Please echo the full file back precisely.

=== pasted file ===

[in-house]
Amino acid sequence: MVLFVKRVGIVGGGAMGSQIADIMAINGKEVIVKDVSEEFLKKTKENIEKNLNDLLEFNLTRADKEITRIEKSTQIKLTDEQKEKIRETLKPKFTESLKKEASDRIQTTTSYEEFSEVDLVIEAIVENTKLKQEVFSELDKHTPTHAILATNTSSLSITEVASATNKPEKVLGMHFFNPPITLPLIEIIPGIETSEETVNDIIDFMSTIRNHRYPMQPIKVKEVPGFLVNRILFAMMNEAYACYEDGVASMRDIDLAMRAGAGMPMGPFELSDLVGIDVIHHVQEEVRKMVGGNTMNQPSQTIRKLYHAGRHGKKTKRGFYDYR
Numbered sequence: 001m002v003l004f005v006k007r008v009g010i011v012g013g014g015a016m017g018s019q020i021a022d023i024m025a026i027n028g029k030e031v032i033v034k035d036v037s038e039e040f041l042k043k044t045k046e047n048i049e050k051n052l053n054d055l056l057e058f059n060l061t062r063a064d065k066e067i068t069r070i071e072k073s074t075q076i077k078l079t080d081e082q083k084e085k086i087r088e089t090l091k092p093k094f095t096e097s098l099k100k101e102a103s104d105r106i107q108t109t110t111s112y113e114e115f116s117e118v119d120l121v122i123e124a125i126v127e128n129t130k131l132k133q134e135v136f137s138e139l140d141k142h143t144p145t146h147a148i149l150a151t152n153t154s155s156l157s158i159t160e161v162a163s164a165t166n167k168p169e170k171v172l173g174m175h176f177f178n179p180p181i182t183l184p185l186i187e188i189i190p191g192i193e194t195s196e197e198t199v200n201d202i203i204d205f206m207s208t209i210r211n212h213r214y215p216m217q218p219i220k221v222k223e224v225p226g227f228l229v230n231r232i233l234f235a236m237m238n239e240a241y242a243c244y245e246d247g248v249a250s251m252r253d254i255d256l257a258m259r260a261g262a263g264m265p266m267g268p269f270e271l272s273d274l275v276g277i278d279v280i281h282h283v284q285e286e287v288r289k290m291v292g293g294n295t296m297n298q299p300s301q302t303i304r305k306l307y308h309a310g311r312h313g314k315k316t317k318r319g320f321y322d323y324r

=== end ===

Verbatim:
[in-house]
Amino acid sequence: MVLFVKRVGIVGGGAMGSQIADIMAINGKEVIVKDVSEEFLKKTKENIEKNLNDLLEFNLTRADKEITRIEKSTQIKLTDEQKEKIRETLKPKFTESLKKEASDRIQTTTSYEEFSEVDLVIEAIVENTKLKQEVFSELDKHTPTHAILATNTSSLSITEVASATNKPEKVLGMHFFNPPITLPLIEIIPGIETSEETVNDIIDFMSTIRNHRYPMQPIKVKEVPGFLVNRILFAMMNEAYACYEDGVASMRDIDLAMRAGAGMPMGPFELSDLVGIDVIHHVQEEVRKMVGGNTMNQPSQTIRKLYHAGRHGKKTKRGFYDYR
Numbered sequence: 001m002v003l004f005v006k007r008v009g010i011v012g013g014g015a016m017g018s019q020i021a022d023i024m025a026i027n028g029k030e031v032i033v034k035d036v037s038e039e040f041l042k043k044t045k046e047n048i049e050k051n052l053n054d055l056l057e058f059n060l061t062r063a064d065k066e067i068t069r070i071e072k073s074t075q076i077k078l079t080d081e082q083k084e085k086i087r088e089t090l091k092p093k094f095t096e097s098l099k100k101e102a103s104d105r106i107q108t109t110t111s112y113e114e115f116s117e118v119d120l121v122i123e124a125i126v127e128n129t130k131l132k133q134e135v136f137s138e139l140d141k142h143t144p145t146h147a148i149l150a151t152n153t154s155s156l157s158i159t160e161v162a163s164a165t166n167k168p169e170k171v172l173g174m175h176f177f178n179p180p181i182t183l184p185l186i187e188i189i190p191g192i193e194t195s196e197e198t199v200n201d202i203i204d205f206m207s208t209i210r211n212h213r214y215p216m217q218p219i220k221v222k223e224v225p226g227f228l229v230n231r232i233l234f235a236m237m238n239e240a241y242a243c244y245e246d247g248v249a250s251m252r253d254i255d256l257a258m259r260a261g262a263g264m265p266m267g268p269f270e271l272s273d274l275v276g277i278d279v280i281h282h283v284q285e286e287v288r289k290m291v292g293g294n295t296m297n298q299p300s301q302t303i304r305k306l307y308h309a310g311r312h313g314k315k316t317k318r319g320f321y322d323y324r